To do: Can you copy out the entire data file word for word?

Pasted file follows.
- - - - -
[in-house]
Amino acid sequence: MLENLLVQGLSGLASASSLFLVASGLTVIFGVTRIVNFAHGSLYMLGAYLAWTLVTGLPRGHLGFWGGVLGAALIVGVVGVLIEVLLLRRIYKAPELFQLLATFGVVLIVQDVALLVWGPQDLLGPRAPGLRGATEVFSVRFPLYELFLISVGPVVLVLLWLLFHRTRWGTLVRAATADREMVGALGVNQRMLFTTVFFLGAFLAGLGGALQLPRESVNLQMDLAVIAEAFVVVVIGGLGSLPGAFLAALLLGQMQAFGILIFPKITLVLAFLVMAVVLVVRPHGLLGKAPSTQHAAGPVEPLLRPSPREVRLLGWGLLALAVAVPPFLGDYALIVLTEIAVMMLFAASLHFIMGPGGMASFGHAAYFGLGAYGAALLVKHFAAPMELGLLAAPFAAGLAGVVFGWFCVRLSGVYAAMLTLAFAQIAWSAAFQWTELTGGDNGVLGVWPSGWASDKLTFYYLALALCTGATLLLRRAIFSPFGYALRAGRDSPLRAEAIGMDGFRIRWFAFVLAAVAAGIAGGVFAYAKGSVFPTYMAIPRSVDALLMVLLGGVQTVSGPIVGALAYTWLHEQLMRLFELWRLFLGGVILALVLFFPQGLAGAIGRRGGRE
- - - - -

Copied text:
[in-house]
Amino acid sequence: MLENLLVQGLSGLASASSLFLVASGLTVIFGVTRIVNFAHGSLYMLGAYLAWTLVTGLPRGHLGFWGGVLGAALIVGVVGVLIEVLLLRRIYKAPELFQLLATFGVVLIVQDVALLVWGPQDLLGPRAPGLRGATEVFSVRFPLYELFLISVGPVVLVLLWLLFHRTRWGTLVRAATADREMVGALGVNQRMLFTTVFFLGAFLAGLGGALQLPRESVNLQMDLAVIAEAFVVVVIGGLGSLPGAFLAALLLGQMQAFGILIFPKITLVLAFLVMAVVLVVRPHGLLGKAPSTQHAAGPVEPLLRPSPREVRLLGWGLLALAVAVPPFLGDYALIVLTEIAVMMLFAASLHFIMGPGGMASFGHAAYFGLGAYGAALLVKHFAAPMELGLLAAPFAAGLAGVVFGWFCVRLSGVYAAMLTLAFAQIAWSAAFQWTELTGGDNGVLGVWPSGWASDKLTFYYLALALCTGATLLLRRAIFSPFGYALRAGRDSPLRAEAIGMDGFRIRWFAFVLAAVAAGIAGGVFAYAKGSVFPTYMAIPRSVDALLMVLLGGVQTVSGPIVGALAYTWLHEQLMRLFELWRLFLGGVILALVLFFPQGLAGAIGRRGGRE